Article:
The New York Giants will be aiming for their first 2-0 start since 2009 when they face the New Orleans Saints on Sunday. Let’s look at five things to watch in what will be the Giants’ 2016 home opener.
Can the Giants slow down Drew Brees?
We have talked about the high-flying Saints’ offense all week. We know what Brees did to a woefully undermanned Giants’ defense a year ago, 505 yards passing and seven touchdown passes in a 52-49 New Orleans victory.
One of the Giants who lived through that nightmarish defensive performance is linebacker Jonathan Casillas.
“A lot of points. A whole lot of points. Drew threw seven touchdowns, I believe, against us. We weren’t good at all, defensively, in any phase of the game, at any part of the game. We didn’t tackle that great, we blew coverages, we let people run free,” Casillas said. “Do you want me to keep going? It just wasn’t a good showing. That was one of those games where you look back and you don’t watch the film because you are just disgusted by it. We have to do better and this is a guy that will make us pay on the road or at home.”
This isn’t the same Giants’ defense, though. You have Damon Harrison instead of Markus Kuhn, Olivier Vernon instead of Robert Ayers, Janoris Jenkins instead of Prince Amukamara, Keenan Robinson and Kelvin Sheppard instead of Jasper Brinkley and Uani Unga, Darian Thompson and Nat Berhe instead of Brandon Meriweather, Jason Pierre-Paul instead of Kerry Wynn or Damontre Moore.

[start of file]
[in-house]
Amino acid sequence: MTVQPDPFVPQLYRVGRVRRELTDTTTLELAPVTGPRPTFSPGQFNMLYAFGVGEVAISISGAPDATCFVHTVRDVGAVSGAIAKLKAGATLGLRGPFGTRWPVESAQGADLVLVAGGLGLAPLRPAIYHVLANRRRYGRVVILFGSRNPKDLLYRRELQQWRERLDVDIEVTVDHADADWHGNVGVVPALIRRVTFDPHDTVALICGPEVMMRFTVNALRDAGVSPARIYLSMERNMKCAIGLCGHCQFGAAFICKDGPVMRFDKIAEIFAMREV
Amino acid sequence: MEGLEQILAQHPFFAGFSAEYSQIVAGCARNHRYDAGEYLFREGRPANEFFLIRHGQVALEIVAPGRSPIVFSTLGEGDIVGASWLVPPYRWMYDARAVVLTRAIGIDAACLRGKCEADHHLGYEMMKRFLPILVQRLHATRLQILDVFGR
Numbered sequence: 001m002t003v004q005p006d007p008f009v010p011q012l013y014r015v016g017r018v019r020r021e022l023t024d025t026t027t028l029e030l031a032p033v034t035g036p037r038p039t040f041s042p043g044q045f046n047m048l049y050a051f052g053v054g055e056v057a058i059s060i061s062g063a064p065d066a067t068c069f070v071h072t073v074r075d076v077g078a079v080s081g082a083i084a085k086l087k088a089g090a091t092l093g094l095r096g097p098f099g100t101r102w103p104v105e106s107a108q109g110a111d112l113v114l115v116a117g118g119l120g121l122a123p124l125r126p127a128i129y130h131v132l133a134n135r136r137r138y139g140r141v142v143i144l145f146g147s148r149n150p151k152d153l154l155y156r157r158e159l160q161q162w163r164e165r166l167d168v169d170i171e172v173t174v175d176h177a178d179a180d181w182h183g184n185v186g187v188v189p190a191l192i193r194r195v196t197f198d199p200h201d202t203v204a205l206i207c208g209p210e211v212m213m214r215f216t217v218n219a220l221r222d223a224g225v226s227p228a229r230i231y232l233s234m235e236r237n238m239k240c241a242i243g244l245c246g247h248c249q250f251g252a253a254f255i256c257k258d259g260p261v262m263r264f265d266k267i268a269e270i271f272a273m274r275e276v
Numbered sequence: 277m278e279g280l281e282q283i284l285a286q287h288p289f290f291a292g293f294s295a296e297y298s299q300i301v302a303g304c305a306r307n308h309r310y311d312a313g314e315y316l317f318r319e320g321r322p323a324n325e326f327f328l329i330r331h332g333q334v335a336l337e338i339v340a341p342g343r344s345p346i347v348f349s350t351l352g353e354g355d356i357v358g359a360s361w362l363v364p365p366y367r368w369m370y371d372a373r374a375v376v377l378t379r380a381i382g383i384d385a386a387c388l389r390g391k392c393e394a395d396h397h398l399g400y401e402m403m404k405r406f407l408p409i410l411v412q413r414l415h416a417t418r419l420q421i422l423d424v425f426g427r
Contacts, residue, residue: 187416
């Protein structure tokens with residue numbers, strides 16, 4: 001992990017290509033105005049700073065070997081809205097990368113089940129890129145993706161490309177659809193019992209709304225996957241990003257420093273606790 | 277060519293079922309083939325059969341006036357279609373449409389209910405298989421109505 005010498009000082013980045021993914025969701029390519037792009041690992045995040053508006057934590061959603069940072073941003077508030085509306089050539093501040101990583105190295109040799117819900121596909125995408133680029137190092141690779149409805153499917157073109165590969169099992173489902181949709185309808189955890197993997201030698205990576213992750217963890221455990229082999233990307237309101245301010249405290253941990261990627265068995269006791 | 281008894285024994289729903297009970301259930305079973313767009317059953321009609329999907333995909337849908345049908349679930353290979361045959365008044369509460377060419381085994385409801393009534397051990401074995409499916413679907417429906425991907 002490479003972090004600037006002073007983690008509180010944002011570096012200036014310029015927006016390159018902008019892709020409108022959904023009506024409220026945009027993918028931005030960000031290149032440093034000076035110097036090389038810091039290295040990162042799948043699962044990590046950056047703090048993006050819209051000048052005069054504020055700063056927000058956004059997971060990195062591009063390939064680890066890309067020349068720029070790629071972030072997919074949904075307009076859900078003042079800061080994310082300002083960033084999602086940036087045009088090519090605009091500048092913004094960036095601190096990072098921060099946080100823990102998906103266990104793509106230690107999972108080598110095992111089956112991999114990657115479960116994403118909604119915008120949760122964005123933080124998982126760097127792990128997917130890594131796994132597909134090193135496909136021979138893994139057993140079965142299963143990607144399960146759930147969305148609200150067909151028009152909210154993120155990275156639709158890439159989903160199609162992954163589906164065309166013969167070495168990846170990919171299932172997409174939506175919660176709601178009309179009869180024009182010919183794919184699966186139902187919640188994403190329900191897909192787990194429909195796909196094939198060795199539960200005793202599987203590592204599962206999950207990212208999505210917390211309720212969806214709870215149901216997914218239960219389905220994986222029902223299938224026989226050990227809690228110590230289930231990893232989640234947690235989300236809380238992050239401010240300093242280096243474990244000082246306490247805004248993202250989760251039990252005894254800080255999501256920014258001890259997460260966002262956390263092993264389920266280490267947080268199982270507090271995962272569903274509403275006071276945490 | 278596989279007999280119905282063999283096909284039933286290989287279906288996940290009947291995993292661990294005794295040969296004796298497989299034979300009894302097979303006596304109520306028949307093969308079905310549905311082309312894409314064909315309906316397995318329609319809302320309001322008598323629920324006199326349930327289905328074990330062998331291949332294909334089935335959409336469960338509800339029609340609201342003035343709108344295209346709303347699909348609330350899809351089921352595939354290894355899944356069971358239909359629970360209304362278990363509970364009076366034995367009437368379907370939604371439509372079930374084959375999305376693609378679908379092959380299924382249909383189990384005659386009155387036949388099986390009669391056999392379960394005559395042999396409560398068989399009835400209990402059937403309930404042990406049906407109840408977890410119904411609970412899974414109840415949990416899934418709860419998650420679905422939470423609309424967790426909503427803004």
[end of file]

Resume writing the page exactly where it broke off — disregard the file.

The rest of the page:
In no way, should this group surrender 500 yards passing or something approaching 50 points.
One of the keys will be how the Giants handle the Saints’ receiving corps of Brandin Cooks, Willie Snead, Michael Thomas and tight end Coby Fleener. The Giants have quality at corner with Jenkins, Dominique Rodgers-Cromartie, Eli Apple, Leon Hall and Trevin Wade, and got impressive safety play Week 1 from Landon Collins, Darian Thompson and Nat Berhe.
Another key will be whether or not the Giants can generate some pressure against Brees, a master at getting the ball out quickly.
“He gets the ball off very quick,” Jason Pierre-Paul said. “You can’t get frustrated at times. We know he’s going to get the ball off very quick. Our cornerbacks, I hope they do a great job covering, which I know they do. We just have to get there. We have to stop the run first before we get there.”
Can the Giants be efficient on offense?
The Giants did enough on offense in last Sunday’s 20-19 victory over the Dallas Cowboys, and they were successful on all three trips into the red zone. They also ran the ball better than most thought they would, gaining 113 yards on 24 attempts (4.7 yards per carry).
Thing is, overall the Giants were not very efficient. They ran only 54 plays to 75 for Dallas, and held the ball for only 23:17. The Giants will be in a difficult spot if they can’t hold the ball longer than that against the Saints.
Giants’ offensive coordinator Mike Sullivan gave a long, but excellent, answer when asked about that this week.